This week, a family member sent Tim this link to a Boston Globe article about an ex-Red Sox player who is a "member of the saddest club on earth." John Trautwein's son Will, age 15, took his life last October. He sounds a lot like Josh,...he "had so many friends and he was big and strong and good-looking and popular." And then the haunting words from the dad, "We really don't know." What is left unsaid - the loudest word to parents like us: WHY?
They have started a foundation in his name called the Will To Live Foundation. It is focused on getting "kids, teenagers and young adults involved in the fight against suicide." The family's vision statement ends with this: "Quite simple, this community, your community cannot stand any more empty rooms! Help us help out kids find the Will to Live and prevent teen suicide together!"
I agree with this approach. In fact, my daughter and I have been talking about how best to use the money that has been raised in Josh's fund. We have about $12,000 and while I feel guilty that it has not been deployed as yet, to find the right place has not been easy. For we want Josh's fund to support local, school-based programs that provide awareness, education and prevention of teen suicide and it does not seem like Fairfax County Public Schools has programs of this nature. As I wrote about in a previous post, many kids do not or will not talk to anyone about their problems. This means, they are their own last line of defense. In order to successfully fight the rising trend of teen suicide, we must get in front of the kids.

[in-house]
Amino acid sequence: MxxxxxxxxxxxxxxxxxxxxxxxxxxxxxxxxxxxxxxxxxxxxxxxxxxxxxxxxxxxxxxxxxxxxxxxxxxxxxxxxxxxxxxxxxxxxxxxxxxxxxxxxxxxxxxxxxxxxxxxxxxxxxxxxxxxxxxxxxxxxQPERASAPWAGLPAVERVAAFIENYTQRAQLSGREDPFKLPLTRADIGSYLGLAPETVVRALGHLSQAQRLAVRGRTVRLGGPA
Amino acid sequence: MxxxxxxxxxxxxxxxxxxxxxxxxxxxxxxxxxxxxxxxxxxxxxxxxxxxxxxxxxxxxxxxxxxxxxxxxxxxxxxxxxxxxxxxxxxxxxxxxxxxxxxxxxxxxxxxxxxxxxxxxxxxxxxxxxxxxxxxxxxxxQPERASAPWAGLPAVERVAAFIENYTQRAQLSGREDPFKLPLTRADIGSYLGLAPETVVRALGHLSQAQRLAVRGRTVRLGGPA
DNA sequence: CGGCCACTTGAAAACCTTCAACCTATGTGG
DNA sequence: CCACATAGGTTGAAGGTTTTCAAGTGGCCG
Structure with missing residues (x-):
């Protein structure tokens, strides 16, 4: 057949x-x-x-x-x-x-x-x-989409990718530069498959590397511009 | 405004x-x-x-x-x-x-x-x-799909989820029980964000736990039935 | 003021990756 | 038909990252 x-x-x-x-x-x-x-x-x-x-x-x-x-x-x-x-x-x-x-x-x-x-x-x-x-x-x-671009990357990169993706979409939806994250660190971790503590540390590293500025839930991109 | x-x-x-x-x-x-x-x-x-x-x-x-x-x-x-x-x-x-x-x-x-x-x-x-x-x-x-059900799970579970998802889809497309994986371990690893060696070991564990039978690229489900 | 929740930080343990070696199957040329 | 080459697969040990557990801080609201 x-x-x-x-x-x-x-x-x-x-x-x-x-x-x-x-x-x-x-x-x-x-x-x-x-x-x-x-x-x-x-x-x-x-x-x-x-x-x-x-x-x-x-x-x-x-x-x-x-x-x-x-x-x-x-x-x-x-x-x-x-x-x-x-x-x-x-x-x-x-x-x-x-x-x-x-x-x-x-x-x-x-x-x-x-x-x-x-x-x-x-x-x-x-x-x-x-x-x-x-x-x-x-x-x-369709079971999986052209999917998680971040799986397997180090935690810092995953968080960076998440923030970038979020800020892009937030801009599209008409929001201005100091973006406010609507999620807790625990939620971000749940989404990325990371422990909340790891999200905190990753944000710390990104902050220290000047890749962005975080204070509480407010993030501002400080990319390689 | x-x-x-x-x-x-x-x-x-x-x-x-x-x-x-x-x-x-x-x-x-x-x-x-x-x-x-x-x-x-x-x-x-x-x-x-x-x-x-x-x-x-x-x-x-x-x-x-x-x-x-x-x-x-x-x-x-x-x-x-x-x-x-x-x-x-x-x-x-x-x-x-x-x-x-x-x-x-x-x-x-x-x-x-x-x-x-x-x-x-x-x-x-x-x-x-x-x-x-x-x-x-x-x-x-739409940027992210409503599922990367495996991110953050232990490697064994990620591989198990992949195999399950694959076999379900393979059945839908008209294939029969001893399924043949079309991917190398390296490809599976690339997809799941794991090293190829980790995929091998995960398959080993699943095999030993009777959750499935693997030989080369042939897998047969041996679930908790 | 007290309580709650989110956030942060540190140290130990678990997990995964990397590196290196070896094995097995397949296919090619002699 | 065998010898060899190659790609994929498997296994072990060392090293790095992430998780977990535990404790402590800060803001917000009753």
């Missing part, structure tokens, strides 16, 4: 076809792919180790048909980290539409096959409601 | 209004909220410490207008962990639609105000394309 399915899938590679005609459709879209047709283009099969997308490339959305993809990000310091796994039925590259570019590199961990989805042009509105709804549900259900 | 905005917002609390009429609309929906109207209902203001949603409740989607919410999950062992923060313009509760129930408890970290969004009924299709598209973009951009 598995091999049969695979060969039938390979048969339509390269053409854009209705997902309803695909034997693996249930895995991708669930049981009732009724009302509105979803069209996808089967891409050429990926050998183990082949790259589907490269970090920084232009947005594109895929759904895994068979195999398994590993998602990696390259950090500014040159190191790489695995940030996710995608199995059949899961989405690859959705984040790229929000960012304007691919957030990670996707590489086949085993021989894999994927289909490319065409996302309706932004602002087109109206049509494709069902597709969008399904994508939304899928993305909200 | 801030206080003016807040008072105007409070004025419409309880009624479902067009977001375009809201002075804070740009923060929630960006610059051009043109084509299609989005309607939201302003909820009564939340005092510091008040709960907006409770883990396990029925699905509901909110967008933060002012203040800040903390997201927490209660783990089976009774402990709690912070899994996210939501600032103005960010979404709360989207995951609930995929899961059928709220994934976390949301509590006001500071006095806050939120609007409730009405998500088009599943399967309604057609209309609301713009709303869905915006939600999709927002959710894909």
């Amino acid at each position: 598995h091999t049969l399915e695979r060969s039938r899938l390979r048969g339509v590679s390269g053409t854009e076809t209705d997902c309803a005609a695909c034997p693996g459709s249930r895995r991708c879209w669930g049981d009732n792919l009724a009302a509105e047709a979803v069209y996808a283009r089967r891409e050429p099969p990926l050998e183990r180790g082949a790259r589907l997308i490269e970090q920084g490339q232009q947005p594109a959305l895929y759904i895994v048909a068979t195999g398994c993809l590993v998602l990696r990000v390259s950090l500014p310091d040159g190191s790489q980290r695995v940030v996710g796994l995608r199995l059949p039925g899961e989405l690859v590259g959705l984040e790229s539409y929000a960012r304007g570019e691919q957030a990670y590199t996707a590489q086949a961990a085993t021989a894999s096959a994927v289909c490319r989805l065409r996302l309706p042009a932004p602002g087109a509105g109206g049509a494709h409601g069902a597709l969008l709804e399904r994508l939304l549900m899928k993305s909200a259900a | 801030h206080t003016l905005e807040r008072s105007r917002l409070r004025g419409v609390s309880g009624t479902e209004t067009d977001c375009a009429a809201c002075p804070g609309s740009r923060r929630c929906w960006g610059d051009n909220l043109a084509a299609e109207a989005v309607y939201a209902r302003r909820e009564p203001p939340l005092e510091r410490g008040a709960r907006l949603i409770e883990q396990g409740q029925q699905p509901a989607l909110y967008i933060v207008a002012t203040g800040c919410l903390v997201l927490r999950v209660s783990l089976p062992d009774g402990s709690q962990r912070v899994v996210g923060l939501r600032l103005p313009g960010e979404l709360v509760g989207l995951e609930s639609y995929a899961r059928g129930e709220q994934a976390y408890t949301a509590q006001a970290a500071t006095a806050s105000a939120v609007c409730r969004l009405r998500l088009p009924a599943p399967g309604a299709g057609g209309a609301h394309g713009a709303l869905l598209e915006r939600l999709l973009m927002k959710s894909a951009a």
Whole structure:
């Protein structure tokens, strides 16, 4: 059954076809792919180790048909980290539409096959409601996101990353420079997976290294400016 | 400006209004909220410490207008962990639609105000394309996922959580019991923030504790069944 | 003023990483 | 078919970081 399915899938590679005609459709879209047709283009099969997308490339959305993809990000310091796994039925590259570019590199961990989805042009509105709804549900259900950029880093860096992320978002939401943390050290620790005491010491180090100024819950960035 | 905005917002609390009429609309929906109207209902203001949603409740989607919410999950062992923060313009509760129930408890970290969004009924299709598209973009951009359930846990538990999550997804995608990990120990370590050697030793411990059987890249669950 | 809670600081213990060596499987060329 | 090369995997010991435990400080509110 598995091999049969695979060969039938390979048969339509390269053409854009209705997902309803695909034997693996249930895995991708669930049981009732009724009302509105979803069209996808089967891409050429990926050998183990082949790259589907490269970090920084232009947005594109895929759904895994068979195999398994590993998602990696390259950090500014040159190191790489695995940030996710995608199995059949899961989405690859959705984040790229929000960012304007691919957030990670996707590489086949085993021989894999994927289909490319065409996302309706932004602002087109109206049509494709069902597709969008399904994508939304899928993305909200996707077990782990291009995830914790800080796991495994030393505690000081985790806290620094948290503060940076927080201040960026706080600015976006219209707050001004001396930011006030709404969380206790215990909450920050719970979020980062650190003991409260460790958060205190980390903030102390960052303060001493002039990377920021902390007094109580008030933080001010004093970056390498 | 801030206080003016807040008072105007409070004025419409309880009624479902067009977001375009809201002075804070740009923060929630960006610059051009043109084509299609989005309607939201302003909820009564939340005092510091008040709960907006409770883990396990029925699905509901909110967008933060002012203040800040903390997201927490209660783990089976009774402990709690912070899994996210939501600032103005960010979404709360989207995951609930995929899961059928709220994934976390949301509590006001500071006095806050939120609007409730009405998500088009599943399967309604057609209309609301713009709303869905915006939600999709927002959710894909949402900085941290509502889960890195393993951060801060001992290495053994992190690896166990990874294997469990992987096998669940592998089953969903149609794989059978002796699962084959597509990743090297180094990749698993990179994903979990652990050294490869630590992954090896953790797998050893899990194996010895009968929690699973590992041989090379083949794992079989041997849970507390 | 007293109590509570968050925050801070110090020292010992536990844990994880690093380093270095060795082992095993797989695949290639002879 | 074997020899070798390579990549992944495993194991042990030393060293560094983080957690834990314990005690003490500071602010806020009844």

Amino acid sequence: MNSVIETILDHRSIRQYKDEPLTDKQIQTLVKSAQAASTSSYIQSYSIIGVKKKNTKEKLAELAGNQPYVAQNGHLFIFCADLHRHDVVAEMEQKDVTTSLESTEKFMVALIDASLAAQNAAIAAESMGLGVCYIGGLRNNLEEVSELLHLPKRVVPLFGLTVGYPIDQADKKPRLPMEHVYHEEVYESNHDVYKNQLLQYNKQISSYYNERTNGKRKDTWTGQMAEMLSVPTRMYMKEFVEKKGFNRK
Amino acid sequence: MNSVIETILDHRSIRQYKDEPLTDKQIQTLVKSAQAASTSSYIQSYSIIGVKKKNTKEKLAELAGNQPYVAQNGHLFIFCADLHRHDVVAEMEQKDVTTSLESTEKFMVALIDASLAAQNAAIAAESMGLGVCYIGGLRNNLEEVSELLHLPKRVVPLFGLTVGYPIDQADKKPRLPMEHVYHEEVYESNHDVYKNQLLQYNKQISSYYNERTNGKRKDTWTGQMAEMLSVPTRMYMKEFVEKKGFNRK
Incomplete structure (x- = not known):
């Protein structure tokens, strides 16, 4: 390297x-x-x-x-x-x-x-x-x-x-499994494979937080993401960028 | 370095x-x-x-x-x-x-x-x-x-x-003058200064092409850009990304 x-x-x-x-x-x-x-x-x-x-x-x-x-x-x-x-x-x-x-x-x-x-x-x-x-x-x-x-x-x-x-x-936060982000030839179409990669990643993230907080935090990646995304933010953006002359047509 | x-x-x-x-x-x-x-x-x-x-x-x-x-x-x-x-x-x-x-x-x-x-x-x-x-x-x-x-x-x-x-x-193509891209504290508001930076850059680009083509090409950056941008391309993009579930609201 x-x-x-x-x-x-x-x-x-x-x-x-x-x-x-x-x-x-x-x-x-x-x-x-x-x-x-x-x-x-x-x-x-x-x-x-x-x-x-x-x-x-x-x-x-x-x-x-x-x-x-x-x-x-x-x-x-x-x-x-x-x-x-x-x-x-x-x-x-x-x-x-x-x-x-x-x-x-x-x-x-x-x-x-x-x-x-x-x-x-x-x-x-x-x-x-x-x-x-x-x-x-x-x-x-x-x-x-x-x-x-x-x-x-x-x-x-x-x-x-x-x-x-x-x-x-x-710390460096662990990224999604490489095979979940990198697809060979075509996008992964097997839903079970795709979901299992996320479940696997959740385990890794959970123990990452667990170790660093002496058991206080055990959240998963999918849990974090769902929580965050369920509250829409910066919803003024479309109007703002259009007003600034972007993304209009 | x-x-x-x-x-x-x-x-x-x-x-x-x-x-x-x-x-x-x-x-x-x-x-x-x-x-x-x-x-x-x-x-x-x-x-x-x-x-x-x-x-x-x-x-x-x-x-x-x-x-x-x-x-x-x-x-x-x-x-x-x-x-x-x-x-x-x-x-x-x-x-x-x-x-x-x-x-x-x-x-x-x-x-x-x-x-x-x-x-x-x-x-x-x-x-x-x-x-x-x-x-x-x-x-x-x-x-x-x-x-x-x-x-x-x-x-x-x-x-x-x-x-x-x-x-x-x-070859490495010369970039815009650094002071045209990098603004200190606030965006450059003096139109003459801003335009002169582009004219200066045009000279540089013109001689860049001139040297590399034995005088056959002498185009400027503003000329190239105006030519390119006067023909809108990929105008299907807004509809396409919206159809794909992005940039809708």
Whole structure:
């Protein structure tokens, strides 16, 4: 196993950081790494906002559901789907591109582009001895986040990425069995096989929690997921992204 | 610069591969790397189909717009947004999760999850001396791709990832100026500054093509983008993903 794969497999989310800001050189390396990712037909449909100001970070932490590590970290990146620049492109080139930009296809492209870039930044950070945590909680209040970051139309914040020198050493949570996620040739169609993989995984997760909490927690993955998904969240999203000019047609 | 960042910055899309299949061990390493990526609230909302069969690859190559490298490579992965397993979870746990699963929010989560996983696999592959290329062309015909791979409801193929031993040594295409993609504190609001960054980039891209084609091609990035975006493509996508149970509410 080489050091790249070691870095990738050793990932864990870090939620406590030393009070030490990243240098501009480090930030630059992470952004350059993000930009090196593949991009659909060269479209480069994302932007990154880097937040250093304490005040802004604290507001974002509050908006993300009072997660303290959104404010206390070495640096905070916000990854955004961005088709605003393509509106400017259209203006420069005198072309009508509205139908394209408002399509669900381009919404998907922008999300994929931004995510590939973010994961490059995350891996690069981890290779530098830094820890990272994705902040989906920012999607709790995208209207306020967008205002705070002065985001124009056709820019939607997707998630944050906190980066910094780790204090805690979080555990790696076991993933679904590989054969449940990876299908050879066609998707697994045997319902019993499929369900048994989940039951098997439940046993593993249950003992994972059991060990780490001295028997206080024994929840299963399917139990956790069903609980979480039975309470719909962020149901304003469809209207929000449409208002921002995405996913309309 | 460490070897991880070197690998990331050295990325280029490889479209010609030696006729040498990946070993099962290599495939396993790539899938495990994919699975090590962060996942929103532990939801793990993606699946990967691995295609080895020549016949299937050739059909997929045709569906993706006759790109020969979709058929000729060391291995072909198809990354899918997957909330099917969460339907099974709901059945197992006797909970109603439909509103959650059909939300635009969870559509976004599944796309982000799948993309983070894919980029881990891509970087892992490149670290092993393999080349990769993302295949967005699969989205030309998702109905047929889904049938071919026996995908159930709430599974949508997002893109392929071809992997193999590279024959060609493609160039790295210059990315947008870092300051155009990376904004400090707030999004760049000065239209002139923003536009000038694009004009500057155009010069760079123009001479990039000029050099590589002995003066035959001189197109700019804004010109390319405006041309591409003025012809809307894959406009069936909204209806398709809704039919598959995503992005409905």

Because of another tragic suicide in our area, it may be that the Superintendent of Schools, Jack Dale is ready to acknowledge the issue and stand behind programs that would raise awareness of teen depression/suicide. While he attempts to deny that FCPS has a Zero Tolerance Policy in this recent Statement to the Fairfax County Board of Supervisors, and calls the linking of Josh's and Nick's death to the county's disciplinary processes "unconscionable" (I can't even go there right now), at least he seems ready to tackle what we would like to see - programs that address the mental well-being of our youth. (Update: article about this statement in today's Washington Post.)I am inspired by what Will's parents are doing and agree with their words, "If we save just one life, then Will's (or Josh's) legacy is forever."